By far, the single most important concept in addiction treatment is that of surrender.
Without surrender there can be no meaningful recovery from an addiction. What keeps a person stuck in denial is a lack of surrender–the person fights to retain control over their own life and over their addiction, and unfortunately, this is a battle that they keep losing. Yet the illusion persists for the addict that self medicating with drugs or alcohol is the only path to happiness for them, and therefore they remain stuck in denial. Letting go of that need for control is the act of surrender, and without it, nothing good is possible.
The second most important concept in addiction treatment is that of identification. This is why AA and NA are so popular, and it is also why they are so helpful to the newcomer in recovery. So what exactly is identification when it comes to addiction and recovery?
When the struggling alcoholic or drug addict is stuck in their addiction they become very isolated. The addict believes that they are the first person to truly fall in love with their particular drug of choice, that everyone who came before them must not have loved drugs or alcohol the same way that they do, because otherwise, how on earth did they ever get clean? This is the thought process that is echoed in the minds of every addict and alcoholic who struggles to find recovery–they all believe that they are unique, that their situation is totally new and unique, and that no one could possibly understand their situation, their struggle, and their love of drugs or alcohol.
This “uniqueness” is part of what keeps the addict stuck in denial, because they have no hope that anyone could ever help them, because they honestly believe that no one could ever understand them.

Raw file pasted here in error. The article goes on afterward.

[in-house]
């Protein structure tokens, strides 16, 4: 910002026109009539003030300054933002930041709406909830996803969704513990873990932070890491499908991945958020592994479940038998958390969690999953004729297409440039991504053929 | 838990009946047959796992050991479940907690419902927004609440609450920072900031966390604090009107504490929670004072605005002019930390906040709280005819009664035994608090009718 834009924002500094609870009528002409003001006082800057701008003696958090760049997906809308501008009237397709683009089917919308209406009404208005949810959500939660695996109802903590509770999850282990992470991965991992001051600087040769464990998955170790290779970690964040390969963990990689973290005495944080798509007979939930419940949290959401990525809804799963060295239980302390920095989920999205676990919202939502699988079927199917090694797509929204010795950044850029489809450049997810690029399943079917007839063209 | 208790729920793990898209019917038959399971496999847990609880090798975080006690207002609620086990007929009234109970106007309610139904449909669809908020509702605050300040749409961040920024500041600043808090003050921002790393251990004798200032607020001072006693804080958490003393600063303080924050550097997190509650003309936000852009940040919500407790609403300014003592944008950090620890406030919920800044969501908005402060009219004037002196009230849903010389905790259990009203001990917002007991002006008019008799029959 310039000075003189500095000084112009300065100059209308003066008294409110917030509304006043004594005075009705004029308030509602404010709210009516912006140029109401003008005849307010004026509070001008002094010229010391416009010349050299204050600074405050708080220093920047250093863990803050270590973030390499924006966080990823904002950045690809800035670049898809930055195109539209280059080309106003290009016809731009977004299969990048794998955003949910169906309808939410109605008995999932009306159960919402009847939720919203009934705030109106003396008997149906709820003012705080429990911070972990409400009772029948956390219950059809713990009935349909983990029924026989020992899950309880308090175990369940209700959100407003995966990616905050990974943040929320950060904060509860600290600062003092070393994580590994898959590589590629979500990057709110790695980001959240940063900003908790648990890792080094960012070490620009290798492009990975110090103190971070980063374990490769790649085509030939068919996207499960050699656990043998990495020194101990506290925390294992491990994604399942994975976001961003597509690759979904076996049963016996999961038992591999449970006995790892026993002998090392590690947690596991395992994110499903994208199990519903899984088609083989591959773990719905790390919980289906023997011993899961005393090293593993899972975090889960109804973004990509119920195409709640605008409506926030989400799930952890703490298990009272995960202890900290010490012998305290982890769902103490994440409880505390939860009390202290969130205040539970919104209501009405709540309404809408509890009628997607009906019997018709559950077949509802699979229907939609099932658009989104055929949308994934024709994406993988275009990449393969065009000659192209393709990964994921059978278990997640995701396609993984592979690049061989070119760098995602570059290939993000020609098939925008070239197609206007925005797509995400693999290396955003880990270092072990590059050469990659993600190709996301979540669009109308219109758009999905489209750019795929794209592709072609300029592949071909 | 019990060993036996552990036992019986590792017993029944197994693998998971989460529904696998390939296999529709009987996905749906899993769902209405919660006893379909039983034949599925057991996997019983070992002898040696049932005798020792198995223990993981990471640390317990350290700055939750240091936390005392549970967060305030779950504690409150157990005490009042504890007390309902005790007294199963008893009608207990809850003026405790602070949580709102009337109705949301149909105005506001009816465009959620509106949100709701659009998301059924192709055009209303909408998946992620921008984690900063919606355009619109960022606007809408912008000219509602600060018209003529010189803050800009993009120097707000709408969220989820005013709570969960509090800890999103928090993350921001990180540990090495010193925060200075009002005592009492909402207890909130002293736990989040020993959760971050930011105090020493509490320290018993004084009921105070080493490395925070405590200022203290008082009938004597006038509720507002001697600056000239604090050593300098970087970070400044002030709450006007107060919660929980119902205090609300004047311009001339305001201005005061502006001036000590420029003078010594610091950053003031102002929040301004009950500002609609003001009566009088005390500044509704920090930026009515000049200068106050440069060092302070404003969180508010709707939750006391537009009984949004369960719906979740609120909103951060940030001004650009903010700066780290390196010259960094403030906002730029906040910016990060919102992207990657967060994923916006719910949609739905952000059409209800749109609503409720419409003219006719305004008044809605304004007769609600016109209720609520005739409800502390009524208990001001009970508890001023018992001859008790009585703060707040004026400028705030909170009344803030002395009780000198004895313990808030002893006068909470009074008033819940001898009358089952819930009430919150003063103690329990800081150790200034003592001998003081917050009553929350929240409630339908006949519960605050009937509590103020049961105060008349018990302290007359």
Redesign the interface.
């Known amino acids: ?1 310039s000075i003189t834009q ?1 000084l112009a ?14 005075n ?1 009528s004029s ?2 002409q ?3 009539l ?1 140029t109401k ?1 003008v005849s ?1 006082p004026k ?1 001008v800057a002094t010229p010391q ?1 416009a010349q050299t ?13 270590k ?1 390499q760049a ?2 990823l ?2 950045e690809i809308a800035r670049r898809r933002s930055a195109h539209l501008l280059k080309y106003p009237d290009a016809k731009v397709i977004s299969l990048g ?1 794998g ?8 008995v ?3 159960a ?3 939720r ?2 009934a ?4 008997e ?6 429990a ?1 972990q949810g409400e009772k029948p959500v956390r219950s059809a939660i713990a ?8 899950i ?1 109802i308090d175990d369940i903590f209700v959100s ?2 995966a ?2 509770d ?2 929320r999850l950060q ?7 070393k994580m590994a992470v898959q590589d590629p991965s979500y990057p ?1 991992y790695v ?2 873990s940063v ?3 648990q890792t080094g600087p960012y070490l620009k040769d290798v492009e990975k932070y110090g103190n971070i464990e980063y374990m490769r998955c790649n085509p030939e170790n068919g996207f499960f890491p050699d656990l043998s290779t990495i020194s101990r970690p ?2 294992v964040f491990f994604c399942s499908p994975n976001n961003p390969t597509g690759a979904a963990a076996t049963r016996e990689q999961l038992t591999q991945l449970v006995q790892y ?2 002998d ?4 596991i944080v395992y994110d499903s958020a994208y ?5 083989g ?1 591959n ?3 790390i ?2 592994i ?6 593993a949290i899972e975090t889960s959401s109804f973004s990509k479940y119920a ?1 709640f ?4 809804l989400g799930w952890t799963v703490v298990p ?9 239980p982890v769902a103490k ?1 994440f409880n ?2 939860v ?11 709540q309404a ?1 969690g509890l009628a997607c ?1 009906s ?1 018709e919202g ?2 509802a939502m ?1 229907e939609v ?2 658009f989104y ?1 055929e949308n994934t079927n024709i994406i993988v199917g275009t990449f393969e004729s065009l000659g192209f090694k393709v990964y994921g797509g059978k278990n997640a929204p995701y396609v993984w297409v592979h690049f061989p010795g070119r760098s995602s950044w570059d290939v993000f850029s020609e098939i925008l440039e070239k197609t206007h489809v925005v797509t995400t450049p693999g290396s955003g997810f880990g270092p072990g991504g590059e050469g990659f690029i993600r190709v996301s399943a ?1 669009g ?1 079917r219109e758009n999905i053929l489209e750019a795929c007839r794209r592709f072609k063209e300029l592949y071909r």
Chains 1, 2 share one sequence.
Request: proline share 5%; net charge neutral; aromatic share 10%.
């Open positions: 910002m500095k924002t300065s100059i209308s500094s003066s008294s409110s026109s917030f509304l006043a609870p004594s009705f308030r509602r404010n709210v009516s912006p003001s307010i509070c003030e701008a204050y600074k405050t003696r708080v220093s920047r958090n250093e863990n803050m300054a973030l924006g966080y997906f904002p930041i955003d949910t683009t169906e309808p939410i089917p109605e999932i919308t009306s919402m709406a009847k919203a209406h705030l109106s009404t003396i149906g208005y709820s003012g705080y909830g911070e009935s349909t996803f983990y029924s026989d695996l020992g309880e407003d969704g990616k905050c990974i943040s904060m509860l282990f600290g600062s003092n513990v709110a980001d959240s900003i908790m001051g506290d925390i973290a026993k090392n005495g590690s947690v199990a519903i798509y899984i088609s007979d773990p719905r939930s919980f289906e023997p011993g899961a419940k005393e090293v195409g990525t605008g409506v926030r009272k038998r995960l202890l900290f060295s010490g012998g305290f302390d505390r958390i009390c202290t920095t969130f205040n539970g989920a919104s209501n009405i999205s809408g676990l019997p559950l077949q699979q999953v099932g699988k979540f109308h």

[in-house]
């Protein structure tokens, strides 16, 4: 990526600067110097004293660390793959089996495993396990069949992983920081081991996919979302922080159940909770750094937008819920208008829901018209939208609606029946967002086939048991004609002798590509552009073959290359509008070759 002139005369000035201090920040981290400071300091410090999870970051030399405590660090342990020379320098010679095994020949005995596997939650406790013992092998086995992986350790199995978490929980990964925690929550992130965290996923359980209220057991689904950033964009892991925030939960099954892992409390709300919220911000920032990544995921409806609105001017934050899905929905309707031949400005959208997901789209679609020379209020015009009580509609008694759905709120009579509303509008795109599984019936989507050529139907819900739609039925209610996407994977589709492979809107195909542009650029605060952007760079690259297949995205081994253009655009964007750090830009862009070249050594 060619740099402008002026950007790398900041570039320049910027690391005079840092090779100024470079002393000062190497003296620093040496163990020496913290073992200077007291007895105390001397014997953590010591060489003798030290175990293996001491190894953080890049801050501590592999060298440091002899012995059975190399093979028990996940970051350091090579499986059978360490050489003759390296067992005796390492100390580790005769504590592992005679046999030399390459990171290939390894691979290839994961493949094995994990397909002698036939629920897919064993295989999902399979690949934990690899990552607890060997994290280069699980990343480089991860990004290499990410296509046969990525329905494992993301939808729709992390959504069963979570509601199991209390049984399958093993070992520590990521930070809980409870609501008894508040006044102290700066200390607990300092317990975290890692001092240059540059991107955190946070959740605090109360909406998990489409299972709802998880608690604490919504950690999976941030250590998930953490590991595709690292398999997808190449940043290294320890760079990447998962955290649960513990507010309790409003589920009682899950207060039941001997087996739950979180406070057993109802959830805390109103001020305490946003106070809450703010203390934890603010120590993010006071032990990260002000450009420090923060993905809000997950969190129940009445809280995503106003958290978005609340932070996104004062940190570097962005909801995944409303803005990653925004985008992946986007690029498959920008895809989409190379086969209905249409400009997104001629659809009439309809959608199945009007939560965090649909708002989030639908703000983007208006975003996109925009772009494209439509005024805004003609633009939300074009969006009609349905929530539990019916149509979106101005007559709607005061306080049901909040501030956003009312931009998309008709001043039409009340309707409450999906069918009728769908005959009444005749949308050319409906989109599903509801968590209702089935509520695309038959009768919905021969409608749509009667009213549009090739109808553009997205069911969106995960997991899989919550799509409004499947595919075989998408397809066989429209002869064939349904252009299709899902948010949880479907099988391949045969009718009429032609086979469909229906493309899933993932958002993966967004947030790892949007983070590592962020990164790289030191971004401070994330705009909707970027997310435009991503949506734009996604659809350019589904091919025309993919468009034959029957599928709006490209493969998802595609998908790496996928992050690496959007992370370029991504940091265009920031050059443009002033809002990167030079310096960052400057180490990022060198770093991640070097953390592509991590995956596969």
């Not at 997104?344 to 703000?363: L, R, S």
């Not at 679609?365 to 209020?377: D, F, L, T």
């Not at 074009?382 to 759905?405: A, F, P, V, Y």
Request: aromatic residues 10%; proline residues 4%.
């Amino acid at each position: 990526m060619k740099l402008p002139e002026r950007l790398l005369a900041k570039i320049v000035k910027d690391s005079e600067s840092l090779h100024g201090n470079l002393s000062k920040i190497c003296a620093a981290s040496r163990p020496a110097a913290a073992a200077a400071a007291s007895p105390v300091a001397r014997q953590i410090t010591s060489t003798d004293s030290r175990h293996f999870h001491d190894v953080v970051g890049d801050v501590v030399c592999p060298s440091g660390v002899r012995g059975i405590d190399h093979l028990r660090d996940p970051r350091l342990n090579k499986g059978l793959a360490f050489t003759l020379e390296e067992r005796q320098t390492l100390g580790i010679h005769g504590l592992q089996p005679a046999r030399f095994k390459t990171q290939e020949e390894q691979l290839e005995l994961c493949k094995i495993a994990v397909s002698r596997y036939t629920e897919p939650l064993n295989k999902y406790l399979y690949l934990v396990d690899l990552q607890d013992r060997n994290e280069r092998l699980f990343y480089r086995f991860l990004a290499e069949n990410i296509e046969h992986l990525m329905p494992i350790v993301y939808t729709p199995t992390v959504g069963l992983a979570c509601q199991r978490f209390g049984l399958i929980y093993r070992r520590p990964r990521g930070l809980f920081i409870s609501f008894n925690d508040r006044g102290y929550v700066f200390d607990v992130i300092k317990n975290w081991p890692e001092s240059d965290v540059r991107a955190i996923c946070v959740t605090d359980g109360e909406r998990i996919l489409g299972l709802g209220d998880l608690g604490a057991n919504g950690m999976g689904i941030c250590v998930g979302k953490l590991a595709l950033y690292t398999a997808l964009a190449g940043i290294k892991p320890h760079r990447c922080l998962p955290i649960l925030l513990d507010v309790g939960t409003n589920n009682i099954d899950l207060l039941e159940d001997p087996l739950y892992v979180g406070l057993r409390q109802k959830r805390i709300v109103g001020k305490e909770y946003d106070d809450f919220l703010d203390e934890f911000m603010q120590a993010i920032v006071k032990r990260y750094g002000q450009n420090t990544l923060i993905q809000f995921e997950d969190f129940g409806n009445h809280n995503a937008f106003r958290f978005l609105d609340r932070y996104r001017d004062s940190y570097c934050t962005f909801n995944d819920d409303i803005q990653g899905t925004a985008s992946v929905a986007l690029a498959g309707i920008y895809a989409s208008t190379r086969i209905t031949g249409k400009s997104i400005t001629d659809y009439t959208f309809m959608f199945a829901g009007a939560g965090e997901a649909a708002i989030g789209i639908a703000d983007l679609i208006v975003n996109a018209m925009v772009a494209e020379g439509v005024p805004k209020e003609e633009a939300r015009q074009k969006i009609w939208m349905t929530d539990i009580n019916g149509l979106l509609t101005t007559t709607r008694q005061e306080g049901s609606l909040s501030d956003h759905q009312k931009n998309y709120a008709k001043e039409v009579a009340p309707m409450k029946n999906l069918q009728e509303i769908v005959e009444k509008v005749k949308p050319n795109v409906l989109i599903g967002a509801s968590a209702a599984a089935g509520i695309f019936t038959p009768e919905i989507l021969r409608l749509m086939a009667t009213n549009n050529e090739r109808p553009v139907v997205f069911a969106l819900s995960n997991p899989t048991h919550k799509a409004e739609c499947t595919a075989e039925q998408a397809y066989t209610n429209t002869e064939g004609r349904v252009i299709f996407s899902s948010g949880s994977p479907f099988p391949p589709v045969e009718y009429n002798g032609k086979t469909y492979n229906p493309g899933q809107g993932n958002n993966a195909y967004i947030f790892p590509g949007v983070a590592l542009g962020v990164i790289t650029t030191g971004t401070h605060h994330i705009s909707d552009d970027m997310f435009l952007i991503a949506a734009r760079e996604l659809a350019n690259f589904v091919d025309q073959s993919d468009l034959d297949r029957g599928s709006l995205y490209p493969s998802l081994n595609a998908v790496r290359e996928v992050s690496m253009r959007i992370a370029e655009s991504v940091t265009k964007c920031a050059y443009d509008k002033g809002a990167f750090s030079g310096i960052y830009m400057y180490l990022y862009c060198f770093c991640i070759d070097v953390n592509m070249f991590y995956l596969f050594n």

This is where identification comes into play.
So the newcomer who is still struggling with their addiction goes to rehab finally, and they attend their first AA or NA meeting. And at that meeting, the chair person who is running the meeting asks the question “Is this anyone’s first AA or NA meeting, any time, any where?”
And so the newcomer raises their hand. They have never been to a meeting before.
So the 12 step people welcome them, and say “OK, we are going to do a first step meeting.” And so they go around the circle in the AA or NA meeting, and every person at the meeting sort of tells their own story of what happened with their addiction in the past, what triggered them to get sober, and then what it is like for them now.
This known as a first step meeting and it is a fundamental building block of the recovery program. The reason it is so vital is because the newcomer needs to hear all of those stories from people and what they went through so that they can identify with someone.
In every first step meeting like this the newcomer is going to hear a few things that deeply resonate with them, where they instantly identify with the person and think “yeah, that is just like my own experience.”
This process of identifying is vital. Here is why:
The typical addict or alcoholic believes that no one could possibly understand what they are going through, and therefore no one could possibly help them. So when the newcomer hears a person in an AA meeting who is essentially telling them their story, it is an exciting moment of hope. Because the newcomer can identify with addicts in recovery who are doing well, it gives them hope that they, too, could do well in recovery.